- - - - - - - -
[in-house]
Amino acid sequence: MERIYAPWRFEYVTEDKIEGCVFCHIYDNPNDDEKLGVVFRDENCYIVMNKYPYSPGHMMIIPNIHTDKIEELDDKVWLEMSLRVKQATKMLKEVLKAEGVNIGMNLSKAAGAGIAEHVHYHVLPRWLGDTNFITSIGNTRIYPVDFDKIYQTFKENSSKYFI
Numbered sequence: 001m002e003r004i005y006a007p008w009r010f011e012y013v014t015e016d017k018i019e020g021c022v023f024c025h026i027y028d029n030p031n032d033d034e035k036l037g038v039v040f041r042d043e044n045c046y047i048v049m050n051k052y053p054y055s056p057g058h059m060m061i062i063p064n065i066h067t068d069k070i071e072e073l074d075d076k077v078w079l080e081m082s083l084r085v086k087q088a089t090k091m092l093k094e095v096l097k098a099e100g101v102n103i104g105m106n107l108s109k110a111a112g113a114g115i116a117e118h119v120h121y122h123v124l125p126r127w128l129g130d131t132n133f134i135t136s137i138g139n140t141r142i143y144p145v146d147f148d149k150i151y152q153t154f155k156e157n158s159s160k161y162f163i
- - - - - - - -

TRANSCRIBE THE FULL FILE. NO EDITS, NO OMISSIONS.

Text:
[in-house]
Amino acid sequence: MERIYAPWRFEYVTEDKIEGCVFCHIYDNPNDDEKLGVVFRDENCYIVMNKYPYSPGHMMIIPNIHTDKIEELDDKVWLEMSLRVKQATKMLKEVLKAEGVNIGMNLSKAAGAGIAEHVHYHVLPRWLGDTNFITSIGNTRIYPVDFDKIYQTFKENSSKYFI
Numbered sequence: 001m002e003r004i005y006a007p008w009r010f011e012y013v014t015e016d017k018i019e020g021c022v023f024c025h026i027y028d029n030p031n032d033d034e035k036l037g038v039v040f041r042d043e044n045c046y047i048v049m050n051k052y053p054y055s056p057g058h059m060m061i062i063p064n065i066h067t068d069k070i071e072e073l074d075d076k077v078w079l080e081m082s083l084r085v086k087q088a089t090k091m092l093k094e095v096l097k098a099e100g101v102n103i104g105m106n107l108s109k110a111a112g113a114g115i116a117e118h119v120h121y122h123v124l125p126r127w128l129g130d131t132n133f134i135t136s137i138g139n140t141r142i143y144p145v146d147f148d149k150i151y152q153t154f155k156e157n158s159s160k161y162f163i